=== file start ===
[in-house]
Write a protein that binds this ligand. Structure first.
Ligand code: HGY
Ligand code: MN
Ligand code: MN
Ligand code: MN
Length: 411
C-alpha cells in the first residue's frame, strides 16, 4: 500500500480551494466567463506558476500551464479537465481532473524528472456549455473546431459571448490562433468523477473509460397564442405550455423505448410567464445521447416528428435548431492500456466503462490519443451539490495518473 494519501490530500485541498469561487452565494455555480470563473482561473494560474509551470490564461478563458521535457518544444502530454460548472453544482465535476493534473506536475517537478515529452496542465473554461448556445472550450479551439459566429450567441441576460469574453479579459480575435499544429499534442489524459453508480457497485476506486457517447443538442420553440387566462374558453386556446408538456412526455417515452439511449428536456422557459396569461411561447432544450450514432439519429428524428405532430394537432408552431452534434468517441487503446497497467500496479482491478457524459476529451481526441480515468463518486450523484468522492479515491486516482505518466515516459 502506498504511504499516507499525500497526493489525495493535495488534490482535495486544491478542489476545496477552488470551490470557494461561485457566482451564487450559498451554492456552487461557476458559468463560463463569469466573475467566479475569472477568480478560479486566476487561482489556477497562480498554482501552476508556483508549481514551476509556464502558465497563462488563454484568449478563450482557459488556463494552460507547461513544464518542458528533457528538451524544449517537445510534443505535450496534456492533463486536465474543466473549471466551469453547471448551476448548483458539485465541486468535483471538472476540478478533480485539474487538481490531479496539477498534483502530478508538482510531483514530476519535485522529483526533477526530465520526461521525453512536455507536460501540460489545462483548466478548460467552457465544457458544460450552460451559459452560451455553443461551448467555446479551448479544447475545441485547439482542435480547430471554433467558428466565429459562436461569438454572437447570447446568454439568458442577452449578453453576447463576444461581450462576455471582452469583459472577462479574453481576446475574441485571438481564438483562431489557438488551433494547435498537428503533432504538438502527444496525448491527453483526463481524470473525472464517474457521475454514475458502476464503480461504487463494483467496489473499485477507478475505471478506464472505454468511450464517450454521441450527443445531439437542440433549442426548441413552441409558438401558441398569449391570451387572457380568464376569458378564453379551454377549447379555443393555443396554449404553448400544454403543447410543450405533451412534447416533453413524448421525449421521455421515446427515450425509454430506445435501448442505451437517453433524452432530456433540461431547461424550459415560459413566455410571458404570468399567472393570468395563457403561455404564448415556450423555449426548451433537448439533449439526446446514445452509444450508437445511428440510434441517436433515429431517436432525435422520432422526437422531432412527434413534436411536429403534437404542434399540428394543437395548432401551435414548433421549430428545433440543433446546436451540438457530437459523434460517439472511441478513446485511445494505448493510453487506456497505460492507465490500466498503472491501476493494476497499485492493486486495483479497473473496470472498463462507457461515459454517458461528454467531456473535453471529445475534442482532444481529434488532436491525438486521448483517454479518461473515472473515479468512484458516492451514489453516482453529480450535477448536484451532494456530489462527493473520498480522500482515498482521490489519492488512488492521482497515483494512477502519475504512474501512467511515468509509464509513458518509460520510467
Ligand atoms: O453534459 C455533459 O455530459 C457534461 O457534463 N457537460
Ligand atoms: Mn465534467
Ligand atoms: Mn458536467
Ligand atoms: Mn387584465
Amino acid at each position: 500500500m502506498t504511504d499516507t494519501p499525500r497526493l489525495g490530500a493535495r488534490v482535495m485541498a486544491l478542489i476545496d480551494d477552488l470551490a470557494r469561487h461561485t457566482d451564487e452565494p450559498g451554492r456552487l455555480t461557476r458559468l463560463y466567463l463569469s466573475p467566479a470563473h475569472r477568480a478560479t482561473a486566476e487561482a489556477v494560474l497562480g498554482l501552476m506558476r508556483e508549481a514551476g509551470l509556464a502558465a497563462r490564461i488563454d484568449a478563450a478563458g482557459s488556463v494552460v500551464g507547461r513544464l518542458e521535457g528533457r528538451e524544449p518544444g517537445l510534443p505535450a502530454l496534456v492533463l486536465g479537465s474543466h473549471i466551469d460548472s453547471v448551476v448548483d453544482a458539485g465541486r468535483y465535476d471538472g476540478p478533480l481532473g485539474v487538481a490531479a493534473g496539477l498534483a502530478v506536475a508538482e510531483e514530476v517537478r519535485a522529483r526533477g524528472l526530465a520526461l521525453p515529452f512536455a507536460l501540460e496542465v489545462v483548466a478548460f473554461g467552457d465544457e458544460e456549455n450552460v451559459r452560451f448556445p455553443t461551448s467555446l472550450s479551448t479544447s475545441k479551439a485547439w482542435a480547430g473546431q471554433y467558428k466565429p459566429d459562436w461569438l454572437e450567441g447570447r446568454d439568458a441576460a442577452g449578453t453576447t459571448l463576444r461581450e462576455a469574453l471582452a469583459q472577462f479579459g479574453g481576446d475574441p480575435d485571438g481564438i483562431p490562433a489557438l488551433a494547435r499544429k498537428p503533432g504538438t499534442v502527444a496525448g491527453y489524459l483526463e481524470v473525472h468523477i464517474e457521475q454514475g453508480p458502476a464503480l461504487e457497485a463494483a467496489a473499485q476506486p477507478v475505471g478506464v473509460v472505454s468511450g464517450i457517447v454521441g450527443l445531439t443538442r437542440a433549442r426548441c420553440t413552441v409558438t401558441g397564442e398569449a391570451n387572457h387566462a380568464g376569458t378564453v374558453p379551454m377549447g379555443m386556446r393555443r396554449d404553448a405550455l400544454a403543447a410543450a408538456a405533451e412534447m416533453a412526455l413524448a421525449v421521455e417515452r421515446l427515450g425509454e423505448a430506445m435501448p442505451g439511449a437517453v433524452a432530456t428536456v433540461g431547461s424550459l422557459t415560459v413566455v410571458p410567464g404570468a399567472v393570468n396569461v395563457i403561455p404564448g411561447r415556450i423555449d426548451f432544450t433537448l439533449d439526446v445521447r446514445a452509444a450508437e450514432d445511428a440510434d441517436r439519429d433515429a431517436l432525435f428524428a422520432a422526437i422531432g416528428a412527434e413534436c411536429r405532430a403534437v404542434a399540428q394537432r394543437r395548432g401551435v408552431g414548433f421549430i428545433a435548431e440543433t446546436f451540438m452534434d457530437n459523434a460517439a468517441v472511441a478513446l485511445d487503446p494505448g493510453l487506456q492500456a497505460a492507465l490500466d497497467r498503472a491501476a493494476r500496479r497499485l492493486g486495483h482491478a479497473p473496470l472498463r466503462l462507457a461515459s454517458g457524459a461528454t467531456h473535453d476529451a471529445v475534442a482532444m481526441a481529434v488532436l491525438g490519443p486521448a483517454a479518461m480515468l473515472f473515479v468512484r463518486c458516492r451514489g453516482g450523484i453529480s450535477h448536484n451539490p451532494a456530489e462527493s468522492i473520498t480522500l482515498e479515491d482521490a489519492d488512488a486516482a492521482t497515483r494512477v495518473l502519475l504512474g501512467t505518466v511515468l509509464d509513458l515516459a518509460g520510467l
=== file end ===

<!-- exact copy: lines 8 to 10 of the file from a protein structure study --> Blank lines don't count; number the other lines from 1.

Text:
C-alpha cells in the first residue's frame, strides 16, 4: 500500500480551494466567463506558476500551464479537465481532473524528472456549455473546431459571448490562433468523477473509460397564442405550455423505448410567464445521447416528428435548431492500456466503462490519443451539490495518473 494519501490530500485541498469561487452565494455555480470563473482561473494560474509551470490564461478563458521535457518544444502530454460548472453544482465535476493534473506536475517537478515529452496542465473554461448556445472550450479551439459566429450567441441576460469574453479579459480575435499544429499534442489524459453508480457497485476506486457517447443538442420553440387566462374558453386556446408538456412526455417515452439511449428536456422557459396569461411561447432544450450514432439519429428524428405532430394537432408552431452534434468517441487503446497497467500496479482491478457524459476529451481526441480515468463518486450523484468522492479515491486516482505518466515516459 502506498504511504499516507499525500497526493489525495493535495488534490482535495486544491478542489476545496477552488470551490470557494461561485457566482451564487450559498451554492456552487461557476458559468463560463463569469466573475467566479475569472477568480478560479486566476487561482489556477497562480498554482501552476508556483508549481514551476509556464502558465497563462488563454484568449478563450482557459488556463494552460507547461513544464518542458528533457528538451524544449517537445510534443505535450496534456492533463486536465474543466473549471466551469453547471448551476448548483458539485465541486468535483471538472476540478478533480485539474487538481490531479496539477498534483502530478508538482510531483514530476519535485522529483526533477526530465520526461521525453512536455507536460501540460489545462483548466478548460467552457465544457458544460450552460451559459452560451455553443461551448467555446479551448479544447475545441485547439482542435480547430471554433467558428466565429459562436461569438454572437447570447446568454439568458442577452449578453453576447463576444461581450462576455471582452469583459472577462479574453481576446475574441485571438481564438483562431489557438488551433494547435498537428503533432504538438502527444496525448491527453483526463481524470473525472464517474457521475454514475458502476464503480461504487463494483467496489473499485477507478475505471478506464472505454468511450464517450454521441450527443445531439437542440433549442426548441413552441409558438401558441398569449391570451387572457380568464376569458378564453379551454377549447379555443393555443396554449404553448400544454403543447410543450405533451412534447416533453413524448421525449421521455421515446427515450425509454430506445435501448442505451437517453433524452432530456433540461431547461424550459415560459413566455410571458404570468399567472393570468395563457403561455404564448415556450423555449426548451433537448439533449439526446446514445452509444450508437445511428440510434441517436433515429431517436432525435422520432422526437422531432412527434413534436411536429403534437404542434399540428394543437395548432401551435414548433421549430428545433440543433446546436451540438457530437459523434460517439472511441478513446485511445494505448493510453487506456497505460492507465490500466498503472491501476493494476497499485492493486486495483479497473473496470472498463462507457461515459454517458461528454467531456473535453471529445475534442482532444481529434488532436491525438486521448483517454479518461473515472473515479468512484458516492451514489453516482453529480450535477448536484451532494456530489462527493473520498480522500482515498482521490489519492488512488492521482497515483494512477502519475504512474501512467511515468509509464509513458518509460520510467
Ligand atoms: O453534459 C455533459 O455530459 C457534461 O457534463 N457537460
Ligand atoms: Mn465534467